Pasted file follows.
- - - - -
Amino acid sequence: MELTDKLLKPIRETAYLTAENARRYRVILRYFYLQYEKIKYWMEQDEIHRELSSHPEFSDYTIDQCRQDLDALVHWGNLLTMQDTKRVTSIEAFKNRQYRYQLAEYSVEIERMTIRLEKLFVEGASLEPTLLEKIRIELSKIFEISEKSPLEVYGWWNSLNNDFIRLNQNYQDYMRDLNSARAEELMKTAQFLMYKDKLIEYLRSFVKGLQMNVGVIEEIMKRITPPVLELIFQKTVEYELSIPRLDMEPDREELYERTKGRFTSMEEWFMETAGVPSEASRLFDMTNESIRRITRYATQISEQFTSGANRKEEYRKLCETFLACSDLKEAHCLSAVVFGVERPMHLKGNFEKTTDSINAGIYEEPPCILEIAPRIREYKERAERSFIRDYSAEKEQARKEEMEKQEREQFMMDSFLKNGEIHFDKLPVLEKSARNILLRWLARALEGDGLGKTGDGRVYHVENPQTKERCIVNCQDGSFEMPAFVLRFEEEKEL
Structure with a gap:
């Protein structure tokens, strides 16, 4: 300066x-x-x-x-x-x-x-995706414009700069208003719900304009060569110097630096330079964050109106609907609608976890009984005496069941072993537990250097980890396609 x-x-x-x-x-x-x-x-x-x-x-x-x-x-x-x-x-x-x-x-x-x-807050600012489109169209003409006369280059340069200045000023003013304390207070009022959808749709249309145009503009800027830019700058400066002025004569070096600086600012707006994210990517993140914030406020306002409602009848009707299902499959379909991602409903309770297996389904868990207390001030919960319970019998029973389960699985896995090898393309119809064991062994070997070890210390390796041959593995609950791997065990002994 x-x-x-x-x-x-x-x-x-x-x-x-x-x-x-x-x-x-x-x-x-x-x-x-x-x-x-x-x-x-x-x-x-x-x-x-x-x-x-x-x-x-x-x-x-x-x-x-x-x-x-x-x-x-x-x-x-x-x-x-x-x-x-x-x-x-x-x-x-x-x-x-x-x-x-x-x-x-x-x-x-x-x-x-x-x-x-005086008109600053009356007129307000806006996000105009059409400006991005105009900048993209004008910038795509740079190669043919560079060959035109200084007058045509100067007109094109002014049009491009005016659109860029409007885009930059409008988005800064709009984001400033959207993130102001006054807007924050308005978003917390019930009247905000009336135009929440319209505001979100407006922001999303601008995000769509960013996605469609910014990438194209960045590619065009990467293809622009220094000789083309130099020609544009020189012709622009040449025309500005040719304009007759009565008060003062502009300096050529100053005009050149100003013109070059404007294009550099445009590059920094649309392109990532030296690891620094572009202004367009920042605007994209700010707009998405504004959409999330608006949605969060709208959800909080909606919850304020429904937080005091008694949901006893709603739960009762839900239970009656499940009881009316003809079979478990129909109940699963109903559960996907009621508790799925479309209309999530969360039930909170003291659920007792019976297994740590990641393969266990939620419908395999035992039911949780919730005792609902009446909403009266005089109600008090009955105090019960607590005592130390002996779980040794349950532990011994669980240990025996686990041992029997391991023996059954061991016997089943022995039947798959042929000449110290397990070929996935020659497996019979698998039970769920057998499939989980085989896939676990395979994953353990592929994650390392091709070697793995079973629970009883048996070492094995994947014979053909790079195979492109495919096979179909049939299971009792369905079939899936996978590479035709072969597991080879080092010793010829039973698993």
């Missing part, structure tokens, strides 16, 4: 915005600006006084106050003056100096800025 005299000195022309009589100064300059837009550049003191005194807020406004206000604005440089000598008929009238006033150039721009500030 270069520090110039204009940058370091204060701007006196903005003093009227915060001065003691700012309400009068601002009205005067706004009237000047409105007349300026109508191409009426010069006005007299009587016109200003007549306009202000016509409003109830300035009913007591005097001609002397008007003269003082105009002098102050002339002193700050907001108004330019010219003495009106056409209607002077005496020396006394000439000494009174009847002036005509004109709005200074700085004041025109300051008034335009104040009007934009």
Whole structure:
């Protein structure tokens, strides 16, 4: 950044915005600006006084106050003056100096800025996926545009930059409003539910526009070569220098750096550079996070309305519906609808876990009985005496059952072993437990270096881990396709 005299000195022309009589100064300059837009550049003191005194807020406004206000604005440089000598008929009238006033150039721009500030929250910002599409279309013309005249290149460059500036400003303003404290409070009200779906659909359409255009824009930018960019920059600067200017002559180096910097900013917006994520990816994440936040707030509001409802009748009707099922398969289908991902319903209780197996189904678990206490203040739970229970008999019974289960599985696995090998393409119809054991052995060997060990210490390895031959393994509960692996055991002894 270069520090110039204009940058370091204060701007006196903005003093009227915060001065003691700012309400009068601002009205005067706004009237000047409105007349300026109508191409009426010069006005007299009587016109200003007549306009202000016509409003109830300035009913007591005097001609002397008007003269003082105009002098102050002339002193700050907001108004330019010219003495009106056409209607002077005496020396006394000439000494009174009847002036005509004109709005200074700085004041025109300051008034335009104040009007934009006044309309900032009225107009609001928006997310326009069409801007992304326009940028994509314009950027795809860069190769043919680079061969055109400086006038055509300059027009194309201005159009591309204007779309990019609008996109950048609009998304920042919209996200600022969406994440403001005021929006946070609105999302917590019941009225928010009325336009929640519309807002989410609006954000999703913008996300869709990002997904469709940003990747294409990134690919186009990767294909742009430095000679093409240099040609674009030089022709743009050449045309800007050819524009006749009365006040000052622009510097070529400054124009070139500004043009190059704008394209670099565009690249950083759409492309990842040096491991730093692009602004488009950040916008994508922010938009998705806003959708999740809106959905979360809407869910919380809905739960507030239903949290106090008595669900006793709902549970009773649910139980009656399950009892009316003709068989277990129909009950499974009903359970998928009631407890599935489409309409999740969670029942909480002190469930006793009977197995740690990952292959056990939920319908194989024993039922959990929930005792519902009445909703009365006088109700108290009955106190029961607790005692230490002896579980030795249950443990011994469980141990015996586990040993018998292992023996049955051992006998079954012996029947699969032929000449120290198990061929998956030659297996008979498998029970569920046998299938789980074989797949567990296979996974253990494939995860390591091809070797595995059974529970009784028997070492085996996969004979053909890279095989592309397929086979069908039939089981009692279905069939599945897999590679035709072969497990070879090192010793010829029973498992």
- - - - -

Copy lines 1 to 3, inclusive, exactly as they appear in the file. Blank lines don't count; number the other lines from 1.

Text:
Amino acid sequence: MELTDKLLKPIRETAYLTAENARRYRVILRYFYLQYEKIKYWMEQDEIHRELSSHPEFSDYTIDQCRQDLDALVHWGNLLTMQDTKRVTSIEAFKNRQYRYQLAEYSVEIERMTIRLEKLFVEGASLEPTLLEKIRIELSKIFEISEKSPLEVYGWWNSLNNDFIRLNQNYQDYMRDLNSARAEELMKTAQFLMYKDKLIEYLRSFVKGLQMNVGVIEEIMKRITPPVLELIFQKTVEYELSIPRLDMEPDREELYERTKGRFTSMEEWFMETAGVPSEASRLFDMTNESIRRITRYATQISEQFTSGANRKEEYRKLCETFLACSDLKEAHCLSAVVFGVERPMHLKGNFEKTTDSINAGIYEEPPCILEIAPRIREYKERAERSFIRDYSAEKEQARKEEMEKQEREQFMMDSFLKNGEIHFDKLPVLEKSARNILLRWLARALEGDGLGKTGDGRVYHVENPQTKERCIVNCQDGSFEMPAFVLRFEEEKEL
Structure with a gap:
């Protein structure tokens, strides 16, 4: 300066x-x-x-x-x-x-x-995706414009700069208003719900304009060569110097630096330079964050109106609907609608976890009984005496069941072993537990250097980890396609 x-x-x-x-x-x-x-x-x-x-x-x-x-x-x-x-x-x-x-x-x-x-807050600012489109169209003409006369280059340069200045000023003013304390207070009022959808749709249309145009503009800027830019700058400066002025004569070096600086600012707006994210990517993140914030406020306002409602009848009707299902499959379909991602409903309770297996389904868990207390001030919960319970019998029973389960699985896995090898393309119809064991062994070997070890210390390796041959593995609950791997065990002994 x-x-x-x-x-x-x-x-x-x-x-x-x-x-x-x-x-x-x-x-x-x-x-x-x-x-x-x-x-x-x-x-x-x-x-x-x-x-x-x-x-x-x-x-x-x-x-x-x-x-x-x-x-x-x-x-x-x-x-x-x-x-x-x-x-x-x-x-x-x-x-x-x-x-x-x-x-x-x-x-x-x-x-x-x-x-x-005086008109600053009356007129307000806006996000105009059409400006991005105009900048993209004008910038795509740079190669043919560079060959035109200084007058045509100067007109094109002014049009491009005016659109860029409007885009930059409008988005800064709009984001400033959207993130102001006054807007924050308005978003917390019930009247905000009336135009929440319209505001979100407006922001999303601008995000769509960013996605469609910014990438194209960045590619065009990467293809622009220094000789083309130099020609544009020189012709622009040449025309500005040719304009007759009565008060003062502009300096050529100053005009050149100003013109070059404007294009550099445009590059920094649309392109990532030296690891620094572009202004367009920042605007994209700010707009998405504004959409999330608006949605969060709208959800909080909606919850304020429904937080005091008694949901006893709603739960009762839900239970009656499940009881009316003809079979478990129909109940699963109903559960996907009621508790799925479309209309999530969360039930909170003291659920007792019976297994740590990641393969266990939620419908395999035992039911949780919730005792609902009446909403009266005089109600008090009955105090019960607590005592130390002996779980040794349950532990011994669980240990025996686990041992029997391991023996059954061991016997089943022995039947798959042929000449110290397990070929996935020659497996019979698998039970769920057998499939989980085989896939676990395979994953353990592929994650390392091709070697793995079973629970009883048996070492094995994947014979053909790079195979492109495919096979179909049939299971009792369905079939899936996978590479035709072969597991080879080092010793010829039973698993």